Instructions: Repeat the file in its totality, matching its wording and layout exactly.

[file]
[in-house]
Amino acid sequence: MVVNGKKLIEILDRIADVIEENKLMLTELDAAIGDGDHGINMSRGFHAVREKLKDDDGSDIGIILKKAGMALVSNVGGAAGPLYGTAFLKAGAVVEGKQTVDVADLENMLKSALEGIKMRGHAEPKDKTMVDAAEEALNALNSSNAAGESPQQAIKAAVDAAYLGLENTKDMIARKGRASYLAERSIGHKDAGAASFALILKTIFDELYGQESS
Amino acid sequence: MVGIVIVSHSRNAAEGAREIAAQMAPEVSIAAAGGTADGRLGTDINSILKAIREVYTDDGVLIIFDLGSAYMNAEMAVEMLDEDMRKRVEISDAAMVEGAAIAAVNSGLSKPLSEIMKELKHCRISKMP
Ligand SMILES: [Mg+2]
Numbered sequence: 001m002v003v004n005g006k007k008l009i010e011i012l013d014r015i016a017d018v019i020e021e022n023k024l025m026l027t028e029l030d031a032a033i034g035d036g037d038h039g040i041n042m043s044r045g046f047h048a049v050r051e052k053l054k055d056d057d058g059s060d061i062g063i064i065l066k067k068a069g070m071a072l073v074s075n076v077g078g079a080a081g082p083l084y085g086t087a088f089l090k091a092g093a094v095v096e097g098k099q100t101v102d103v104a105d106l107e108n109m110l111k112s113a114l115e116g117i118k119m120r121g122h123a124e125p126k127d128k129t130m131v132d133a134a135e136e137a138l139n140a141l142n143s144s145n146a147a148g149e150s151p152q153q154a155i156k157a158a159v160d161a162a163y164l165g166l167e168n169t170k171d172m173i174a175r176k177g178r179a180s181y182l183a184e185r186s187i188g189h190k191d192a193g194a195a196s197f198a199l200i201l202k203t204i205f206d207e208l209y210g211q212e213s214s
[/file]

[in-house]
Amino acid sequence: MVVNGKKLIEILDRIADVIEENKLMLTELDAAIGDGDHGINMSRGFHAVREKLKDDDGSDIGIILKKAGMALVSNVGGAAGPLYGTAFLKAGAVVEGKQTVDVADLENMLKSALEGIKMRGHAEPKDKTMVDAAEEALNALNSSNAAGESPQQAIKAAVDAAYLGLENTKDMIARKGRASYLAERSIGHKDAGAASFALILKTIFDELYGQESS
Amino acid sequence: MVGIVIVSHSRNAAEGAREIAAQMAPEVSIAAAGGTADGRLGTDINSILKAIREVYTDDGVLIIFDLGSAYMNAEMAVEMLDEDMRKRVEISDAAMVEGAAIAAVNSGLSKPLSEIMKELKHCRISKMP
Ligand SMILES: [Mg+2]
Numbered sequence: 001m002v003v004n005g006k007k008l009i010e011i012l013d014r015i016a017d018v019i020e021e022n023k024l025m026l027t028e029l030d031a032a033i034g035d036g037d038h039g040i041n042m043s044r045g046f047h048a049v050r051e052k053l054k055d056d057d058g059s060d061i062g063i064i065l066k067k068a069g070m071a072l073v074s075n076v077g078g079a080a081g082p083l084y085g086t087a088f089l090k091a092g093a094v095v096e097g098k099q100t101v102d103v104a105d106l107e108n109m110l111k112s113a114l115e116g117i118k119m120r121g122h123a124e125p126k127d128k129t130m131v132d133a134a135e136e137a138l139n140a141l142n143s144s145n146a147a148g149e150s151p152q153q154a155i156k157a158a159v160d161a162a163y164l165g166l167e168n169t170k171d172m173i174a175r176k177g178r179a180s181y182l183a184e185r186s187i188g189h190k191d192a193g194a195a196s197f198a199l200i201l202k203t204i205f206d207e208l209y210g211q212e213s214s